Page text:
In a rare case of foresight and planning, dedicated bus lanes were installed on the roads skirting the CCZ. This was to allow public vehicles to escape the expected new congestion, now squeezed into two lanes rather than the three that had catered for the previous lower volume of traffic. The result is that
introduction of the zone has created a new problem, a perimeter ring road that is constantly filled with traffic avoiding the entry toll. Euston Road and Marylebone Road and others are now filled with almost stationary private cars and commercial vehicles for much of the day and evening, imprisoning and poisoning us. And we still have the same congestion and same problems within the city walls.
Another ongoing measure is the Cycle Superhighway network.
Under the previous Mayor, there was heavy promotion of cycling in London. An enthusiastic cyclist himself, he rallied many lower rank politicians to his colours - bicycles for hire and a network of exclusive cycle lanes to encourage the modal switch.
His peddling put London into the grip of cycle-mania, resulting in vital road and traffic capacity being sucked out of the network and allocated to exclusive use by cyclists, compounding difficulties for everyone else including emergency services. The result has been more congestion and consequently more pollution for all, including the vulnerably exposed cyclists themselves.
Most London boroughs fell into line with the new orthodoxy, never questioning the wisdom or consequences of the unconditional surrender and annexation of the network. However, Kensington and Chelsea were an exception, opting for ‘quietways’ instead. Their green policy avoided green tarmac, and steered cyclists away from busy roads and onto quiet, less hazardous routes where fewer conflicts with general traffic offered a more pleasant experience for them, and for other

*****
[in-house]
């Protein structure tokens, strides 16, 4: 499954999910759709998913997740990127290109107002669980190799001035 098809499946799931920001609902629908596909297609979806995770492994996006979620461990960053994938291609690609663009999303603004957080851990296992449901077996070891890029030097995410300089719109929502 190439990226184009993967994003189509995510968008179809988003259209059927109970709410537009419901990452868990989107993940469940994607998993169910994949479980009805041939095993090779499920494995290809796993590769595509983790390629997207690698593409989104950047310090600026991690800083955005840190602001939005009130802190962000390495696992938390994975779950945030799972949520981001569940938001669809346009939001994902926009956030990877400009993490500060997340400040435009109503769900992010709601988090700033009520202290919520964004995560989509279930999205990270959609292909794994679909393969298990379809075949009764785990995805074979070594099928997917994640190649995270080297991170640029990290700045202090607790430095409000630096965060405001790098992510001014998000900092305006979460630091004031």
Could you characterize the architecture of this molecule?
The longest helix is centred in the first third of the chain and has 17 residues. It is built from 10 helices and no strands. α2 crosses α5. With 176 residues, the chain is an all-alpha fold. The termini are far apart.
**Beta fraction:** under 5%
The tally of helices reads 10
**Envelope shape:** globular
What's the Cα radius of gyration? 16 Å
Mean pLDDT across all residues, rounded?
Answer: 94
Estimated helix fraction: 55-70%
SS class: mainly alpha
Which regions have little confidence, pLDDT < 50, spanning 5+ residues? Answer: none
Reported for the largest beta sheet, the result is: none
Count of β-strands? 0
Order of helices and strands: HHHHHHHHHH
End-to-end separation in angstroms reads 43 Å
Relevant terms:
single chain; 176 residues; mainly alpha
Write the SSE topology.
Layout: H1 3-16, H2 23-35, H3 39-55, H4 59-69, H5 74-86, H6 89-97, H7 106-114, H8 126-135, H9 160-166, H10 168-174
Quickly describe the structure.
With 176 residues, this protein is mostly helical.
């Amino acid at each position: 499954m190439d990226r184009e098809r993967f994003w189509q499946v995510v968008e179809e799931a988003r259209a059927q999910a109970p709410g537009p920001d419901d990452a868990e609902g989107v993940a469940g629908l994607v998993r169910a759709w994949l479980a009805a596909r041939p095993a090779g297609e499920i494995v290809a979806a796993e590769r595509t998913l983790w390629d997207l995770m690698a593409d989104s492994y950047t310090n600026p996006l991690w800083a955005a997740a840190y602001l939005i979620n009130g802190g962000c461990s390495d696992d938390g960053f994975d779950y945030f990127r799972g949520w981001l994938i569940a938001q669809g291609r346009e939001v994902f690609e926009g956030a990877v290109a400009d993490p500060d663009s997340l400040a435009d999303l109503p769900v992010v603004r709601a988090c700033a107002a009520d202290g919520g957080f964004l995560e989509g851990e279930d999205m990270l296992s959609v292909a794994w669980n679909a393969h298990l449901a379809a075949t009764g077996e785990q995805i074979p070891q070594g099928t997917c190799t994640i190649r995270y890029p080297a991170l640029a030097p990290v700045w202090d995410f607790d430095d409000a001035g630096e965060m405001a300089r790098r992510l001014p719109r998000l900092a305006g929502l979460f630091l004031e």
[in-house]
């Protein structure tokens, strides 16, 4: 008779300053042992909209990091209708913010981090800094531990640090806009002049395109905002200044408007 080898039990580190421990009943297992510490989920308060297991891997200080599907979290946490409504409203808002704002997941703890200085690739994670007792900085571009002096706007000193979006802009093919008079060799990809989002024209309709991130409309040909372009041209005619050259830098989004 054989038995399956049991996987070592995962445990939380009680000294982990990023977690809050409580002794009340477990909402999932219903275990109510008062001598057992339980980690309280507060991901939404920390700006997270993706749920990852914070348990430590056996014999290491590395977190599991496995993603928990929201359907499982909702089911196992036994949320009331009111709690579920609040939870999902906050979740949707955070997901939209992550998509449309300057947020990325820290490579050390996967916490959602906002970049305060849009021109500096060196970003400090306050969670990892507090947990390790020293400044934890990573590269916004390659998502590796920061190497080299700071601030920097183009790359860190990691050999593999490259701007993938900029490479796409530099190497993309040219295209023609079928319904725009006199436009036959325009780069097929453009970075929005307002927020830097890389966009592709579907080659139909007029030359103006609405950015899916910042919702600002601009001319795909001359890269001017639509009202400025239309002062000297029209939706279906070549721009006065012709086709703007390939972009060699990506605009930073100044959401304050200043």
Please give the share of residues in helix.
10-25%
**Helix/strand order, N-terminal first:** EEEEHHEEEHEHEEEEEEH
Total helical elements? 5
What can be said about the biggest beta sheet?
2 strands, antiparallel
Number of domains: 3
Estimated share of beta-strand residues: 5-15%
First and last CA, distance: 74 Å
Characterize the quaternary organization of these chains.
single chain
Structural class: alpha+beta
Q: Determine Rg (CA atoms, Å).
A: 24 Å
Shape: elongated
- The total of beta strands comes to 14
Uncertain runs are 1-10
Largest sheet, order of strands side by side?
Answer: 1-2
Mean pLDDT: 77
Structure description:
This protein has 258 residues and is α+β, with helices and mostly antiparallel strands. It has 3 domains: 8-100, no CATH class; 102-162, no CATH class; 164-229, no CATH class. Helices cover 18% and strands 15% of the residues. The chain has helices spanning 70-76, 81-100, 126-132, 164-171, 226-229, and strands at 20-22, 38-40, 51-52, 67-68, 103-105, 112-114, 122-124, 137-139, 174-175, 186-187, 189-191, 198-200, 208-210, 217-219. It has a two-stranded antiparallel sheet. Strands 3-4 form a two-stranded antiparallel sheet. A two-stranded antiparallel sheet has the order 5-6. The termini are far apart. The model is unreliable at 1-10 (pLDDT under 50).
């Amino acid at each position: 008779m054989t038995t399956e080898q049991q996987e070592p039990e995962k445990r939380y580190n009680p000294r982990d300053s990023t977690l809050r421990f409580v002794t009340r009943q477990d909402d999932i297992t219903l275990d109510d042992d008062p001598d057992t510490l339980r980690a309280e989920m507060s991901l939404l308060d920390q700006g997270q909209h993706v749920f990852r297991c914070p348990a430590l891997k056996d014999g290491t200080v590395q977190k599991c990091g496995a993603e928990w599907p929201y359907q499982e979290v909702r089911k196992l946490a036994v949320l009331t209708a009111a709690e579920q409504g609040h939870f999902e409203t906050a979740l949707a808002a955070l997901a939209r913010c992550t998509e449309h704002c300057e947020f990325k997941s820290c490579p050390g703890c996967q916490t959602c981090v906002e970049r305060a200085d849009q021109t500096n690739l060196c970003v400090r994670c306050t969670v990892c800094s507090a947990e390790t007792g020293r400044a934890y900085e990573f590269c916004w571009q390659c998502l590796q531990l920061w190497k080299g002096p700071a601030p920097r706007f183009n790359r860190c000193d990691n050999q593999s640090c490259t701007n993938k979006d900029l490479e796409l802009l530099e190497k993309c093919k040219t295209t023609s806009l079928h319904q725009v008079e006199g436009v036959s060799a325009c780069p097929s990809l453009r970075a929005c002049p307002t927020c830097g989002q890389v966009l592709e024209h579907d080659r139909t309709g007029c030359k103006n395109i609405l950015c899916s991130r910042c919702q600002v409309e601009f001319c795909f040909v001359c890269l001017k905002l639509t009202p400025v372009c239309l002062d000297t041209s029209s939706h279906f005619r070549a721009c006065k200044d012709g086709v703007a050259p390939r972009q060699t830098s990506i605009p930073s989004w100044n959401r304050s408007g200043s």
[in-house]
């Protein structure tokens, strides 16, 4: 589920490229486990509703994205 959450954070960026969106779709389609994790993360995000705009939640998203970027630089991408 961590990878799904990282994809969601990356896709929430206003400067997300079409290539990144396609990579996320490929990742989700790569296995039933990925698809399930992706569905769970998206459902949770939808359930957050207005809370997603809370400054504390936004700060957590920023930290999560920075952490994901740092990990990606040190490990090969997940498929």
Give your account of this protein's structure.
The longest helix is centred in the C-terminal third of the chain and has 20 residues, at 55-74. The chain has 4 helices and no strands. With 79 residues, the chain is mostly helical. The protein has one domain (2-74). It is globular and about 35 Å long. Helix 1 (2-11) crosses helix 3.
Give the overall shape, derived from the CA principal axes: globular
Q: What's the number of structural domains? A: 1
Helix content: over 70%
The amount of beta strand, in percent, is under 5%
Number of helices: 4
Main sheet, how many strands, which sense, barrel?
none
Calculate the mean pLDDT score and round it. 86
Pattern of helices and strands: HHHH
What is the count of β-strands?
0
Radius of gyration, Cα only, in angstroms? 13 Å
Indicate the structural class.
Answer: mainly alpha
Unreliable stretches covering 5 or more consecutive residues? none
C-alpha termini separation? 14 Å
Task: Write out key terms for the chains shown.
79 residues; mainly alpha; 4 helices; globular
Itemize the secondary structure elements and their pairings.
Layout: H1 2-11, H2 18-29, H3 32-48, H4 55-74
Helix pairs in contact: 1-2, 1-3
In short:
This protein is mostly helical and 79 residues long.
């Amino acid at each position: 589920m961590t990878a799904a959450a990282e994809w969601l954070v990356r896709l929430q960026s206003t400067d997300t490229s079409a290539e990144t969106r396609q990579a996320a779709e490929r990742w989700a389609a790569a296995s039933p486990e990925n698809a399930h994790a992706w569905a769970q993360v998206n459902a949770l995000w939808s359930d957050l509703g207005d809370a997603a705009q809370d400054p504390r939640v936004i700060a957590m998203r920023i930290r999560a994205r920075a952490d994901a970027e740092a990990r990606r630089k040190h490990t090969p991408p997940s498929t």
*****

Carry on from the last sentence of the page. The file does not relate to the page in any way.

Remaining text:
Many cyclists in the borough have been won over Constrained by the existing urban fabric, K&C recognised that separation of cycles from other traffic was only partially achievable, inevitably merging again in the wider network, and of little overall benefit. So far, K&C’s alternative strategy has worked well, although undoubtedly the pressure to join the herd will persist.
Most previous traffic management measures have missed their targets, but caused collateral damage - longer routes, longer journey times, more congestion, leading to inefficient speeds, higher fuel consumption, and most damaging of all, more pollution. They have not only failed to improve our situation but have unarguably exacerbated it.
3. The Current Condition.
London is an historic city, a huge conservation area, with many fine buildings, an urban fabric and road network that is tightly integrated. Enormous efforts have been undertaken by local authorities to protect it, although somewhat inconsistently. Our freedom to widen or reroute circulation through it, to increase
road capacity, is almost non-existent.